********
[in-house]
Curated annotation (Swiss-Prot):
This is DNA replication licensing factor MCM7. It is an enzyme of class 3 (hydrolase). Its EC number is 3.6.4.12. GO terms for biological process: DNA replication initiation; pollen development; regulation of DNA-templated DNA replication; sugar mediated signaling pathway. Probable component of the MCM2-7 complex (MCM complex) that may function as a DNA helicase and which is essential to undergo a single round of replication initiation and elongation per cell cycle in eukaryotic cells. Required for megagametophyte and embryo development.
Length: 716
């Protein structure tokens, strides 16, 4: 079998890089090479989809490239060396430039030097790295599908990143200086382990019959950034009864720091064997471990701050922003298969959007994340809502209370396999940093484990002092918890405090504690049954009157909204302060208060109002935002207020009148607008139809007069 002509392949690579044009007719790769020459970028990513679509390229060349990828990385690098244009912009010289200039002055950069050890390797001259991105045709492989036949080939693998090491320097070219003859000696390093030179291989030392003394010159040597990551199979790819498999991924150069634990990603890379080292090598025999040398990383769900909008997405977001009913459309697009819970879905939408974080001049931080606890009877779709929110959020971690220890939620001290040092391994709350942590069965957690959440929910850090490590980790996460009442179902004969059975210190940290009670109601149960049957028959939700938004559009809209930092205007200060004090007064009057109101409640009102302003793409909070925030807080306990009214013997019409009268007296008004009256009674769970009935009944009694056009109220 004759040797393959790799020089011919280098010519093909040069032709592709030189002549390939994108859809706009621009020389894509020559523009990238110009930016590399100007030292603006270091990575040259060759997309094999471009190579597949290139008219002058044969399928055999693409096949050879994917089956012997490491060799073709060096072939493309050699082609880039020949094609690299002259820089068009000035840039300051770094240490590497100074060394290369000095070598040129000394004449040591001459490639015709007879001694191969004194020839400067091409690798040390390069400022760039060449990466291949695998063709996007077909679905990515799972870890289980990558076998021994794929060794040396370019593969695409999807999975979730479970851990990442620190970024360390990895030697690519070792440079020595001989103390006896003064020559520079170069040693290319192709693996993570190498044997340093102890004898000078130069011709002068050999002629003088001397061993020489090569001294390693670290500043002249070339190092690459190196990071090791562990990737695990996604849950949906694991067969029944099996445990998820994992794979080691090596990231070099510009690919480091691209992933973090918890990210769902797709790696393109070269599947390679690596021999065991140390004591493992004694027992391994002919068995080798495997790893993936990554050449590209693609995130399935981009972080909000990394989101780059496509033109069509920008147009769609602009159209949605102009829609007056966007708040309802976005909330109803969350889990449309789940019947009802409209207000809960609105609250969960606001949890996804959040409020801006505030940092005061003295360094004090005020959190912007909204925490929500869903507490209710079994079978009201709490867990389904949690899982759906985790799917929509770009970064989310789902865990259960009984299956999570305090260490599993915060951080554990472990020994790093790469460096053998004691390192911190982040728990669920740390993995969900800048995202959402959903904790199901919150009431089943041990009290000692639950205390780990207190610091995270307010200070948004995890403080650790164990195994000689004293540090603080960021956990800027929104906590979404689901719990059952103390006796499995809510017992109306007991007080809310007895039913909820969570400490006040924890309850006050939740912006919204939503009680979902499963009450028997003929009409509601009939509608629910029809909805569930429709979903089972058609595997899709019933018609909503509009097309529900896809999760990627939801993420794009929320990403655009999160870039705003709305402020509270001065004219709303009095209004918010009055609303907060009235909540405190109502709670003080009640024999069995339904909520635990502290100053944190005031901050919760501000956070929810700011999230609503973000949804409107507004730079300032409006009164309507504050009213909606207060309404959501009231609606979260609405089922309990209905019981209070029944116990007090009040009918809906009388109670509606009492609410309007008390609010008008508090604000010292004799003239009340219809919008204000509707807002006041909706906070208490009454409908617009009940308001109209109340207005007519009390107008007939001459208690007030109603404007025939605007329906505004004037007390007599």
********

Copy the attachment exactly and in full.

[in-house]
Curated annotation (Swiss-Prot):
This is DNA replication licensing factor MCM7. It is an enzyme of class 3 (hydrolase). Its EC number is 3.6.4.12. GO terms for biological process: DNA replication initiation; pollen development; regulation of DNA-templated DNA replication; sugar mediated signaling pathway. Probable component of the MCM2-7 complex (MCM complex) that may function as a DNA helicase and which is essential to undergo a single round of replication initiation and elongation per cell cycle in eukaryotic cells. Required for megagametophyte and embryo development.
Length: 716
């Protein structure tokens, strides 16, 4: 079998890089090479989809490239060396430039030097790295599908990143200086382990019959950034009864720091064997471990701050922003298969959007994340809502209370396999940093484990002092918890405090504690049954009157909204302060208060109002935002207020009148607008139809007069 002509392949690579044009007719790769020459970028990513679509390229060349990828990385690098244009912009010289200039002055950069050890390797001259991105045709492989036949080939693998090491320097070219003859000696390093030179291989030392003394010159040597990551199979790819498999991924150069634990990603890379080292090598025999040398990383769900909008997405977001009913459309697009819970879905939408974080001049931080606890009877779709929110959020971690220890939620001290040092391994709350942590069965957690959440929910850090490590980790996460009442179902004969059975210190940290009670109601149960049957028959939700938004559009809209930092205007200060004090007064009057109101409640009102302003793409909070925030807080306990009214013997019409009268007296008004009256009674769970009935009944009694056009109220 004759040797393959790799020089011919280098010519093909040069032709592709030189002549390939994108859809706009621009020389894509020559523009990238110009930016590399100007030292603006270091990575040259060759997309094999471009190579597949290139008219002058044969399928055999693409096949050879994917089956012997490491060799073709060096072939493309050699082609880039020949094609690299002259820089068009000035840039300051770094240490590497100074060394290369000095070598040129000394004449040591001459490639015709007879001694191969004194020839400067091409690798040390390069400022760039060449990466291949695998063709996007077909679905990515799972870890289980990558076998021994794929060794040396370019593969695409999807999975979730479970851990990442620190970024360390990895030697690519070792440079020595001989103390006896003064020559520079170069040693290319192709693996993570190498044997340093102890004898000078130069011709002068050999002629003088001397061993020489090569001294390693670290500043002249070339190092690459190196990071090791562990990737695990996604849950949906694991067969029944099996445990998820994992794979080691090596990231070099510009690919480091691209992933973090918890990210769902797709790696393109070269599947390679690596021999065991140390004591493992004694027992391994002919068995080798495997790893993936990554050449590209693609995130399935981009972080909000990394989101780059496509033109069509920008147009769609602009159209949605102009829609007056966007708040309802976005909330109803969350889990449309789940019947009802409209207000809960609105609250969960606001949890996804959040409020801006505030940092005061003295360094004090005020959190912007909204925490929500869903507490209710079994079978009201709490867990389904949690899982759906985790799917929509770009970064989310789902865990259960009984299956999570305090260490599993915060951080554990472990020994790093790469460096053998004691390192911190982040728990669920740390993995969900800048995202959402959903904790199901919150009431089943041990009290000692639950205390780990207190610091995270307010200070948004995890403080650790164990195994000689004293540090603080960021956990800027929104906590979404689901719990059952103390006796499995809510017992109306007991007080809310007895039913909820969570400490006040924890309850006050939740912006919204939503009680979902499963009450028997003929009409509601009939509608629910029809909805569930429709979903089972058609595997899709019933018609909503509009097309529900896809999760990627939801993420794009929320990403655009999160870039705003709305402020509270001065004219709303009095209004918010009055609303907060009235909540405190109502709670003080009640024999069995339904909520635990502290100053944190005031901050919760501000956070929810700011999230609503973000949804409107507004730079300032409006009164309507504050009213909606207060309404959501009231609606979260609405089922309990209905019981209070029944116990007090009040009918809906009388109670509606009492609410309007008390609010008008508090604000010292004799003239009340219809919008204000509707807002006041909706906070208490009454409908617009009940308001109209109340207005007519009390107008007939001459208690007030109603404007025939605007329906505004004037007390007599």